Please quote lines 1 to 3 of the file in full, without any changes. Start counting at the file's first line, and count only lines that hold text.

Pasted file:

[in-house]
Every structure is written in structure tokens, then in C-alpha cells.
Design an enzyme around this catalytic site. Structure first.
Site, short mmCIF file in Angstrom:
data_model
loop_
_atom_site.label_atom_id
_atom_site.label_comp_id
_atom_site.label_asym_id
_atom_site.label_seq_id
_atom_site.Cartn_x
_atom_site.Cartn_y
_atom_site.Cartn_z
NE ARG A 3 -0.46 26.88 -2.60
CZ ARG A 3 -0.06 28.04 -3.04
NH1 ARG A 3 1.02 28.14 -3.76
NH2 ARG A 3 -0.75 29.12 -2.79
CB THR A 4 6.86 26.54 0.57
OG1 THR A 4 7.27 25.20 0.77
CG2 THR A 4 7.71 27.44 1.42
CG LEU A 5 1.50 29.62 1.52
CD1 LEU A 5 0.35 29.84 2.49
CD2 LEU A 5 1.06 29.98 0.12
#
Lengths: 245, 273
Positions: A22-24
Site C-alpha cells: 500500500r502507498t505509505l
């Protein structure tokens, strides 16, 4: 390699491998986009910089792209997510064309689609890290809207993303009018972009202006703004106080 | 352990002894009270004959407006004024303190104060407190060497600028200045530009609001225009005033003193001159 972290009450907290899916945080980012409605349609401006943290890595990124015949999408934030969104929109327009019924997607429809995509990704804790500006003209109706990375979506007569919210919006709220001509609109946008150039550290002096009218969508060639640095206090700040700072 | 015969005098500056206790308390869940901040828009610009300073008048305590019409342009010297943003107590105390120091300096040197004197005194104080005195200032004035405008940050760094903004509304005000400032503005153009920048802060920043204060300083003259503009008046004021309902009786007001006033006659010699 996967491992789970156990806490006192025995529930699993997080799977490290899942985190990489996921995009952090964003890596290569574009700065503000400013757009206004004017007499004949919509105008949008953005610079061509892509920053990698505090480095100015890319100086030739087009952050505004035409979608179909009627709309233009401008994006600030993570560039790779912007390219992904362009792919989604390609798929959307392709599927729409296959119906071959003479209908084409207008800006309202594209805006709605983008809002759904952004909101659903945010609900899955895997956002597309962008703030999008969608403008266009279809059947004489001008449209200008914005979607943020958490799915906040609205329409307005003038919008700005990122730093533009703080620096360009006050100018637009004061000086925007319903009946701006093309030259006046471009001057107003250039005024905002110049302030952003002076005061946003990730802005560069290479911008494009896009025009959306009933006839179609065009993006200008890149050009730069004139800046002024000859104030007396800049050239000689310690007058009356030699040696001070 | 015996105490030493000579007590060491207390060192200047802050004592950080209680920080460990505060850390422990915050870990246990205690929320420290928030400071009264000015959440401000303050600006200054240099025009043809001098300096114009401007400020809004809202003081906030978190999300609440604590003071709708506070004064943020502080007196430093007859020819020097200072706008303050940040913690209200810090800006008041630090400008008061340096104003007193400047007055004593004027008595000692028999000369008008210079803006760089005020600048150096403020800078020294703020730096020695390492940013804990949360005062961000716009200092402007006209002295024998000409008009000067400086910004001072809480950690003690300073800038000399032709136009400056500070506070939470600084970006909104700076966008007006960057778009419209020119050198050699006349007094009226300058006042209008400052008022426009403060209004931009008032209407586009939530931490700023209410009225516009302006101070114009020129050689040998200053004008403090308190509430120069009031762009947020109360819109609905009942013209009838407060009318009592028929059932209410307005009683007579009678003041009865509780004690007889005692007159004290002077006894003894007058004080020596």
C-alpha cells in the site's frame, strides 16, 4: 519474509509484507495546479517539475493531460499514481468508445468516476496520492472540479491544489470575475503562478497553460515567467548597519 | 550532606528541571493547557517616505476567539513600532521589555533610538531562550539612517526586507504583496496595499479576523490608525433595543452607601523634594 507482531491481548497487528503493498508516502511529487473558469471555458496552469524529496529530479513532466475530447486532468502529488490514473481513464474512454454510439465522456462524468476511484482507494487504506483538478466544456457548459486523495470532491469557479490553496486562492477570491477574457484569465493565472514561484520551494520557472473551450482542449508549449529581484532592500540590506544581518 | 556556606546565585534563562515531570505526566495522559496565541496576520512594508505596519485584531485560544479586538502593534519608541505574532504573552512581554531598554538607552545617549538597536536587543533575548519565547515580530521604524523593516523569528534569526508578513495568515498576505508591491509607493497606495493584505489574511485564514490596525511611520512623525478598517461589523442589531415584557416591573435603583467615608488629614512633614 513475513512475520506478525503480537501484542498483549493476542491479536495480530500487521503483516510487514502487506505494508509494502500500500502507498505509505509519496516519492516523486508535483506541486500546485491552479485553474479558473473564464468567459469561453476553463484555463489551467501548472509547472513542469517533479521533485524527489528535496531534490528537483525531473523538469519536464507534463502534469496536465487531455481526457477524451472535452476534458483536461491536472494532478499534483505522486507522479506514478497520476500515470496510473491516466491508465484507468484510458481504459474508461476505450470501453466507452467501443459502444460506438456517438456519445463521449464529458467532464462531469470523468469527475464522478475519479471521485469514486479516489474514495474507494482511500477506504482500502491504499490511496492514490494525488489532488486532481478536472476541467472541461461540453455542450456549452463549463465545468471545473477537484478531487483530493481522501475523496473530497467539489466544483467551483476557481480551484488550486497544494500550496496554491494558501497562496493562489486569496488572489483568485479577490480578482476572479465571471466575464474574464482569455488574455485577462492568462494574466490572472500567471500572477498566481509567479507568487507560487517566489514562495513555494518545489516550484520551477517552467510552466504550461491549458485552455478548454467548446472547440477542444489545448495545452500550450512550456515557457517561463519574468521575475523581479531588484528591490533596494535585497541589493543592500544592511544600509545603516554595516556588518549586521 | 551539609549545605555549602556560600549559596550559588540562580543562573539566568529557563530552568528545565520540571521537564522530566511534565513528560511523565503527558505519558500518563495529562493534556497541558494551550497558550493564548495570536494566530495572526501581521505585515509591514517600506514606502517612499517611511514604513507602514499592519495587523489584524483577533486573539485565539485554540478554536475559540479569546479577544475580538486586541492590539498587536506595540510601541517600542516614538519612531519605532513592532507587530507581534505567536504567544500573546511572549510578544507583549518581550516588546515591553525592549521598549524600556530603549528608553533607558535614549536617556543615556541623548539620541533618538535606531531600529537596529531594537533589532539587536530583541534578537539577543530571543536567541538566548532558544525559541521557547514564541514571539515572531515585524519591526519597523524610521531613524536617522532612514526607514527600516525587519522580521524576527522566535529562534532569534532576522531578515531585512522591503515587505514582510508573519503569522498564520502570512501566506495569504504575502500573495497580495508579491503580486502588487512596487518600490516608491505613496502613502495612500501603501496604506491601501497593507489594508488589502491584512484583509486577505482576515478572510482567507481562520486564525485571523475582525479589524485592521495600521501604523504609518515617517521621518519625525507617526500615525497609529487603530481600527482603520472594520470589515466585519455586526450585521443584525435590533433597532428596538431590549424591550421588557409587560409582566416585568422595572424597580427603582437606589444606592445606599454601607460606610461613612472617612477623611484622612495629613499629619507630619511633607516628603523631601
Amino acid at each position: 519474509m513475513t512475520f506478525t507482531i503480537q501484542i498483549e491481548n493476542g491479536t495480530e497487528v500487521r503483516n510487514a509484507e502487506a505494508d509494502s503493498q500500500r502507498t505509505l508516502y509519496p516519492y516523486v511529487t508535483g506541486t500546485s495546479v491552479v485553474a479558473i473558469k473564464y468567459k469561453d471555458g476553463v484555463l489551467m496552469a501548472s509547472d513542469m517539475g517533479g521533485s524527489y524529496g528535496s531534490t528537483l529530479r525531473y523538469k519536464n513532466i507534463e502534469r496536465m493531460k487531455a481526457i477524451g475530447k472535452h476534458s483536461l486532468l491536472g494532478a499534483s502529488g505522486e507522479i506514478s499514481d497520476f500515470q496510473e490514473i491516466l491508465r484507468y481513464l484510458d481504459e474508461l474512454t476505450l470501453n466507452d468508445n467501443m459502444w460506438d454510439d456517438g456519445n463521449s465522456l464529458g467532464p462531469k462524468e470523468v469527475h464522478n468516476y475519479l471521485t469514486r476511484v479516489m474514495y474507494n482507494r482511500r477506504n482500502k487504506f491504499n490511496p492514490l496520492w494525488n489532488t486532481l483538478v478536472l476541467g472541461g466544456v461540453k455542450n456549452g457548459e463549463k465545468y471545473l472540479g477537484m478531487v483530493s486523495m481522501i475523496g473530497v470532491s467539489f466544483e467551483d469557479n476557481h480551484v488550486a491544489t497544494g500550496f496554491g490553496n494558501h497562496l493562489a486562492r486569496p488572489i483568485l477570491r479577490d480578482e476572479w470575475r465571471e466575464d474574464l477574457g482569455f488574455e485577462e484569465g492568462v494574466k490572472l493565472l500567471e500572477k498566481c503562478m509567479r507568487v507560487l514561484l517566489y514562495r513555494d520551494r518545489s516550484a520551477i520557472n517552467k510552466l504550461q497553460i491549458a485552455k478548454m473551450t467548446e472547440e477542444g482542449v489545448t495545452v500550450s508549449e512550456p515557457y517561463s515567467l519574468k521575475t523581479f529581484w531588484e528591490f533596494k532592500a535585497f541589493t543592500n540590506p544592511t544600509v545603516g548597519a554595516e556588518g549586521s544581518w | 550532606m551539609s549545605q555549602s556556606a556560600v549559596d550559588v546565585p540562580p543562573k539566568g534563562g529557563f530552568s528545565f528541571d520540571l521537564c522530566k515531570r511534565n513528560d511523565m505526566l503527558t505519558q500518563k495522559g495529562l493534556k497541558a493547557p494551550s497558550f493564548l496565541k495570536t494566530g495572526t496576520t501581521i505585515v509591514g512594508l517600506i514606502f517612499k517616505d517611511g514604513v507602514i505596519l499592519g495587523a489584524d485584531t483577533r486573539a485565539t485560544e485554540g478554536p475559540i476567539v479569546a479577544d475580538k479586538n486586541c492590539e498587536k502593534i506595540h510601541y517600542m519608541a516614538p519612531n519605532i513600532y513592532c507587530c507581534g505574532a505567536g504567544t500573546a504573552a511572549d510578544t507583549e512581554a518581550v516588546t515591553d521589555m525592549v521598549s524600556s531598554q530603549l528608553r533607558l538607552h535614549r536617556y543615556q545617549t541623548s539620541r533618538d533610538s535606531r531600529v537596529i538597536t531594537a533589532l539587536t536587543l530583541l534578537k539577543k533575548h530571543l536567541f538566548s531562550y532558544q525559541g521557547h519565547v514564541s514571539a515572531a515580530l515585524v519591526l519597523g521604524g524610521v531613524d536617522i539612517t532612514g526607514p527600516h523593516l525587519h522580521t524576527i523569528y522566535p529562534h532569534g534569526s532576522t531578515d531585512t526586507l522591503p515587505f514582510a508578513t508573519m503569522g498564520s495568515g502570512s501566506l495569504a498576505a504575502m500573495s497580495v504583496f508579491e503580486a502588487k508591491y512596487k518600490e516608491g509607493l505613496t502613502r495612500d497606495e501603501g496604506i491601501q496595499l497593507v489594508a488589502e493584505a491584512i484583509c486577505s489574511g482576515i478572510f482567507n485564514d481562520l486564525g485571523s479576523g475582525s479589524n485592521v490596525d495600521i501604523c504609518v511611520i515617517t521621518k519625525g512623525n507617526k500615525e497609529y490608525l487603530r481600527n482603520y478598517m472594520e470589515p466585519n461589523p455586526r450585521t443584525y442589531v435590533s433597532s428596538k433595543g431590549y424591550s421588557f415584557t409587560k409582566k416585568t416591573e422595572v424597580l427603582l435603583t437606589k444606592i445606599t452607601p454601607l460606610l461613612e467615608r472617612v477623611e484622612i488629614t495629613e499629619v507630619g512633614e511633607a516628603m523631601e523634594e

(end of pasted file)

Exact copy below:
[in-house]
Every structure is written in structure tokens, then in C-alpha cells.
Design an enzyme around this catalytic site. Structure first.